Religion has long been a source of guidance for physical as well as spiritual health, and the Bahá'í Faith is no exception, although it has fewer specifics.
The use of tobacco is one of those, and is new to religion because tobacco is new to humanity, relatively speaking. It is a New World plant, smoked by indigenous peoples originally for religious rites. European explorers and immigrants quickly adopted the practice if not the rites, and carried the plant and the habit home with them. Tobacco use in various forms then spread very quickly around the world, since the plant produces one of the most addictive substances known.
While traveling in Europe and the Americans, the son of the Prophet/Founder of the Bahá'í Faith was asked about smoking, since it had originally been prohibited believers, but Bahá'u'lláh's Book of Laws did not forbid it. As 'Abdu'l-Bahá was keen to wean the Bahá'í community away from many traditions, including tobacco use, he said,
"...there are other forbidden things which do not cause immediate harm, and the injurious effects of which are only gradually produced...[t]he absolute unlawfulness of these, however, hath not been expressly set forth in the Text, but their avoidance is necessary to purity, cleanliness, the preservation of health, and freedom from addiction....That forceful recommendation was made a century ago, before as much was known about tobacco's properties and resultant debilitation, both for smokers and those who live with them. Civil laws in many municipalities within the USA now regularly ban smoking in and around public buildings. While laws and knowledge may prevent people from starting to use tobacco, it is not easy to overcome the habit once it is in place. Ask any smoker who has tried to quit!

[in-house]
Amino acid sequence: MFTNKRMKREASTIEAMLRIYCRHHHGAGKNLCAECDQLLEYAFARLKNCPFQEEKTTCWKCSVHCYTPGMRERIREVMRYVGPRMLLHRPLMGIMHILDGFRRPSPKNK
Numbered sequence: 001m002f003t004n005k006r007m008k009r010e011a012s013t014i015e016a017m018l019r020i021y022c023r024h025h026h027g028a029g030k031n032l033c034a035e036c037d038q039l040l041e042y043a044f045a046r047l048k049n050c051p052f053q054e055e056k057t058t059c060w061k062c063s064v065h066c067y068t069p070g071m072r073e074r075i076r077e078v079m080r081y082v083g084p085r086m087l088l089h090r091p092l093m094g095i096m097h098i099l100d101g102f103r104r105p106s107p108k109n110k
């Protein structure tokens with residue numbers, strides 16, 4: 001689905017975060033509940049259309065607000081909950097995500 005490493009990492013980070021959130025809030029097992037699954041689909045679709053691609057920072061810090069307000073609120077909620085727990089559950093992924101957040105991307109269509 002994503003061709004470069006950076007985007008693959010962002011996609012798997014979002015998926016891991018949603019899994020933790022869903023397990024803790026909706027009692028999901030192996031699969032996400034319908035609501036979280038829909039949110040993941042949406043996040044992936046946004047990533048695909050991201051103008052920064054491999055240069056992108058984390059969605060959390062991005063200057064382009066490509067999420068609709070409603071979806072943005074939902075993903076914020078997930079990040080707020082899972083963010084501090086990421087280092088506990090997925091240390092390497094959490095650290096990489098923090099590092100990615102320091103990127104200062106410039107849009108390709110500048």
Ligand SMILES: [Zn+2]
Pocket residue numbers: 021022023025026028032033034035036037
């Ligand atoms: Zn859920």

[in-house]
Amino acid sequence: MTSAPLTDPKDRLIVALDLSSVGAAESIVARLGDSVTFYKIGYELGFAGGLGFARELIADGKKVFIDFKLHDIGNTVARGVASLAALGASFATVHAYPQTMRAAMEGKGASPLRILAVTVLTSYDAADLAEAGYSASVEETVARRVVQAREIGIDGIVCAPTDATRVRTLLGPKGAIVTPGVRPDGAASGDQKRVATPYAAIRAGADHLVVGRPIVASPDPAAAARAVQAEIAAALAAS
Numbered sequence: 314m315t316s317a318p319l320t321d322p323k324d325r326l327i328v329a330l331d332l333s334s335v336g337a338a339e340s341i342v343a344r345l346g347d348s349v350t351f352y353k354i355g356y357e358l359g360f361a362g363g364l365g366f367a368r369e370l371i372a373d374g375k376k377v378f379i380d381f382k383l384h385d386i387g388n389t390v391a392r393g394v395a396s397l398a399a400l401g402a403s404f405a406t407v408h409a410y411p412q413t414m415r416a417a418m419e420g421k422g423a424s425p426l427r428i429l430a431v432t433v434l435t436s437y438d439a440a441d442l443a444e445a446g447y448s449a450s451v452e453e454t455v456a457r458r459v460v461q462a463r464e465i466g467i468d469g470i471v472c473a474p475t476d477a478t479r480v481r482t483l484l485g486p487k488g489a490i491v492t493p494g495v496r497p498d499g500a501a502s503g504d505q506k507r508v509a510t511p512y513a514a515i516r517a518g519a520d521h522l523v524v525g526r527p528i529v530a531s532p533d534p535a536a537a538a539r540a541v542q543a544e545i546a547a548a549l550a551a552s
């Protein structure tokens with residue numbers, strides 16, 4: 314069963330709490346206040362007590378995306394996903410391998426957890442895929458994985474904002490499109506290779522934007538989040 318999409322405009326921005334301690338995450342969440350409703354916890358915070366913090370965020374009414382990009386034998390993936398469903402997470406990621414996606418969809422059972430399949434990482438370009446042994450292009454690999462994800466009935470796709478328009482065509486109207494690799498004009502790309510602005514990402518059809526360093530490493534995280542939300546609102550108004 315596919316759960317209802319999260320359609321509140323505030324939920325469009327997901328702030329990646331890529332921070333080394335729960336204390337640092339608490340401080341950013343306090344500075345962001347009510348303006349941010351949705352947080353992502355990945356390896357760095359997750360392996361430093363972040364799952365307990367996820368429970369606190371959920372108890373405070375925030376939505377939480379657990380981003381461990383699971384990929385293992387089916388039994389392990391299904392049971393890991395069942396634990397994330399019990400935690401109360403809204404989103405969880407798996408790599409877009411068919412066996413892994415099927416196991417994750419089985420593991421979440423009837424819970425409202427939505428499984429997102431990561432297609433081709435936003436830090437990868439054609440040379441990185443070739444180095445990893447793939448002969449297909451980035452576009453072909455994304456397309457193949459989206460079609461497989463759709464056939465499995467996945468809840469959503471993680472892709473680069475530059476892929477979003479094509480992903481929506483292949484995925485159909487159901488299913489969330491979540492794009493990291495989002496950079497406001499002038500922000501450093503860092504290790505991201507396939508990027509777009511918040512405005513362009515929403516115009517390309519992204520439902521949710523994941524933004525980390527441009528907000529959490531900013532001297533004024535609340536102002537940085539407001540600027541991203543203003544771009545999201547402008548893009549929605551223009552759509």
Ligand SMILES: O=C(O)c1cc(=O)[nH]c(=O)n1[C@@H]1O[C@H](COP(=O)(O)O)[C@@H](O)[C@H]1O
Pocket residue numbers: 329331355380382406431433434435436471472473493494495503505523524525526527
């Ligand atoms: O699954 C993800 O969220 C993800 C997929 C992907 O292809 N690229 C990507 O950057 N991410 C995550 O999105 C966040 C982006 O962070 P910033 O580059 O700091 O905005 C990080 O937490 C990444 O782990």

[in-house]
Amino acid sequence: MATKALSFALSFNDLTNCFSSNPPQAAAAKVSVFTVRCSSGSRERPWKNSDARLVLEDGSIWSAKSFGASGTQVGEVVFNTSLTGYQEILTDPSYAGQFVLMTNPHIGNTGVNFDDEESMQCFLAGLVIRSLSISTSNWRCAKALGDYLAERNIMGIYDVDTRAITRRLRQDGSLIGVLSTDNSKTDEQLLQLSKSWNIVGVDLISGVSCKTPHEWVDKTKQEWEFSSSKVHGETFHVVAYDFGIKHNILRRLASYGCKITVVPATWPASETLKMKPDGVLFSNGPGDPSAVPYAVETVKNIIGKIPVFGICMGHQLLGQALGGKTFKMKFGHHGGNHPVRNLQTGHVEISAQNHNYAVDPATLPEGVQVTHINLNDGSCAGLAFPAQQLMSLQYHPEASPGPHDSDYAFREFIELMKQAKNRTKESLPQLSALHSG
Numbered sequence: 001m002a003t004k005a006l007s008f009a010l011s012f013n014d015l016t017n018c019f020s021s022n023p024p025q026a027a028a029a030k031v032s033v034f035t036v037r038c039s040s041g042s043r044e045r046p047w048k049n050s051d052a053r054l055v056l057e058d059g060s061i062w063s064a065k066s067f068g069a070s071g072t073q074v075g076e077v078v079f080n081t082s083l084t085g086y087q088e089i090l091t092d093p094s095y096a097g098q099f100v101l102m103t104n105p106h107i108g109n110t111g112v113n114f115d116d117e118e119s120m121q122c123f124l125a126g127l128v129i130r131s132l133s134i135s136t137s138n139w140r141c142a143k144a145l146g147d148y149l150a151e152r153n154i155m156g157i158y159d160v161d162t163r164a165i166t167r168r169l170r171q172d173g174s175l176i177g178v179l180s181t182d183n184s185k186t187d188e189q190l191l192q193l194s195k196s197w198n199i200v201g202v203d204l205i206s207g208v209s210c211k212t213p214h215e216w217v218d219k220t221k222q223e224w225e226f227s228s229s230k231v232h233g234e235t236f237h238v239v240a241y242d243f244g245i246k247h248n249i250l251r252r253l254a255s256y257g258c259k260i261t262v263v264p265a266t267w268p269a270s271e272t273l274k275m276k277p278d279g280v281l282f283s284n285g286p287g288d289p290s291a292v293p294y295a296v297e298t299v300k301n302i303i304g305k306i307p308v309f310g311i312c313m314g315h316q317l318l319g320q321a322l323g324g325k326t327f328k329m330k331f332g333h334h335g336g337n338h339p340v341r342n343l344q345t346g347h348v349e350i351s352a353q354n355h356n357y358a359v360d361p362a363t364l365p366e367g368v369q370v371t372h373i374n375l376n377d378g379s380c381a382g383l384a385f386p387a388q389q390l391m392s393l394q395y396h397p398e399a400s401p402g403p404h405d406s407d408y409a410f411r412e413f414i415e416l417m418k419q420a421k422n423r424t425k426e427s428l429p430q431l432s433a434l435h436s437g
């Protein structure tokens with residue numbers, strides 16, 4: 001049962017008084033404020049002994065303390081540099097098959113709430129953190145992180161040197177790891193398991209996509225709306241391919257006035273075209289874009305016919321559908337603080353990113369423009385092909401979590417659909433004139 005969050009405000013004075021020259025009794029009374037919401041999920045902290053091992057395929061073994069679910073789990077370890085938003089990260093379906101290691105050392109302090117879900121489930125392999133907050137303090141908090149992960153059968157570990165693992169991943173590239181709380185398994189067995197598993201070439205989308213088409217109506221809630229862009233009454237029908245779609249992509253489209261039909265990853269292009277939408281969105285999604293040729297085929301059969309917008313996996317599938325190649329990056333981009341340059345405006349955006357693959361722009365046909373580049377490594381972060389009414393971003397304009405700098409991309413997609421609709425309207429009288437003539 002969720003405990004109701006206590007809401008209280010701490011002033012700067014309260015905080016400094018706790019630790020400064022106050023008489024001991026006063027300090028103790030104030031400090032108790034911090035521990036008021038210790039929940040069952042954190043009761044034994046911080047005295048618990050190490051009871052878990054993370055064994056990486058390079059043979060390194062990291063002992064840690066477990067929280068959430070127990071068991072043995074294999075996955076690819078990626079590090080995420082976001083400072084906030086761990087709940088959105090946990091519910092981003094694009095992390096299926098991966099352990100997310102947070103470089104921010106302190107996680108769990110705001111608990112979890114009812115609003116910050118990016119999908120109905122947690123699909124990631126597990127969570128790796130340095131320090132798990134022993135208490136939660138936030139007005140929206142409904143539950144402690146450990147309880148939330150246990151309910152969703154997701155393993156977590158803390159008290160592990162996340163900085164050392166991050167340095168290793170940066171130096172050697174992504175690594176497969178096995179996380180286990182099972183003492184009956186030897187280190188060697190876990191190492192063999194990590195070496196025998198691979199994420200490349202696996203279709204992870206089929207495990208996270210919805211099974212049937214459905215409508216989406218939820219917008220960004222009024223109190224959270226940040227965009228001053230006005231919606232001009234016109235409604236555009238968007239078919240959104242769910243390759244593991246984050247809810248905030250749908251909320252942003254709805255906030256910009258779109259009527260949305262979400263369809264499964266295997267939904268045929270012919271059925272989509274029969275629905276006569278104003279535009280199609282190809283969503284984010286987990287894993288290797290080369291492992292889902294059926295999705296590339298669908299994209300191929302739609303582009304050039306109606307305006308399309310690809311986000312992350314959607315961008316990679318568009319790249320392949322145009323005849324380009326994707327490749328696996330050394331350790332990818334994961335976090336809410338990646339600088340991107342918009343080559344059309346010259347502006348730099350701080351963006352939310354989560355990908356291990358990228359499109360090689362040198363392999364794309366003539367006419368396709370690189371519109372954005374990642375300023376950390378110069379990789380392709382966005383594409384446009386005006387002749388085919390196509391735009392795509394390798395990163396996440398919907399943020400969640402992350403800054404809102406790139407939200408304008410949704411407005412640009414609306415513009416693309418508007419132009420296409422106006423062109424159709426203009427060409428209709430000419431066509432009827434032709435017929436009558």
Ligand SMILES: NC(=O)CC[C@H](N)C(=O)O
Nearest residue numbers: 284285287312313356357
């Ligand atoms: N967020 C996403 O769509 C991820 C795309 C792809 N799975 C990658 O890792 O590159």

"Among these latter is smoking tobacco, which is dirty, smelly, offensive--an evil habit, and one the harmfulness of which gradually becometh apparent to all. Every qualified physician hath ruled--and this hath also been proven by tests--that one of the components of tobacco is a deadly poison, and that the smoker is vulnerable to many and various diseases. This is why smoking hath been plainly set forth as repugnant from the standpoint of hygiene.
"My meaning is that in the sight of God, smoking tobacco is deprecated, abhorrent, filthy in the extreme; and, albeit by degrees, highly injurious to health. It is also a waste of money and time, and maketh the user a prey to a noxious addiction. To those who stand firm in the Covenant, this habit is therefore censured both by reason and experience, and renouncing it will bring relief and peace of mind to all men...the friends will surely, by whatever means and even over a period of time, forsake this pernicious habit. Such is my hope." - Selections from the Writings of 'Abdu'l-Baha, p. 147
Which is why there are Bahá'ís who smoke. This is a very young religion and most of its adherents are not born into it. They bring their past into their future. But this religion is about personal transformation, personal choice, little by little, day by day. Each generation has the chance to grow, to make the world a different place. Bahá'ís accept that everyone has his/her own challenges, and are trying to build a community in which change is possible and encouraged.
"It is to be hoped that the widespread publicity being given to the evil effects of smoking, both on smokers and on those who have to breathe smoke-laden air, will help to convince everyone of the wisdom of 'Abdu'l-Bahá in strongly discouraging Bahá'ís from smoking. However, Bahá'ís must be careful not to go beyond the Teachings in this matter and try to enforce as a law a matter in which Bahá'u'lláh has deemed it wise to allow freedom of decision." - Lights of Guidance, p. 355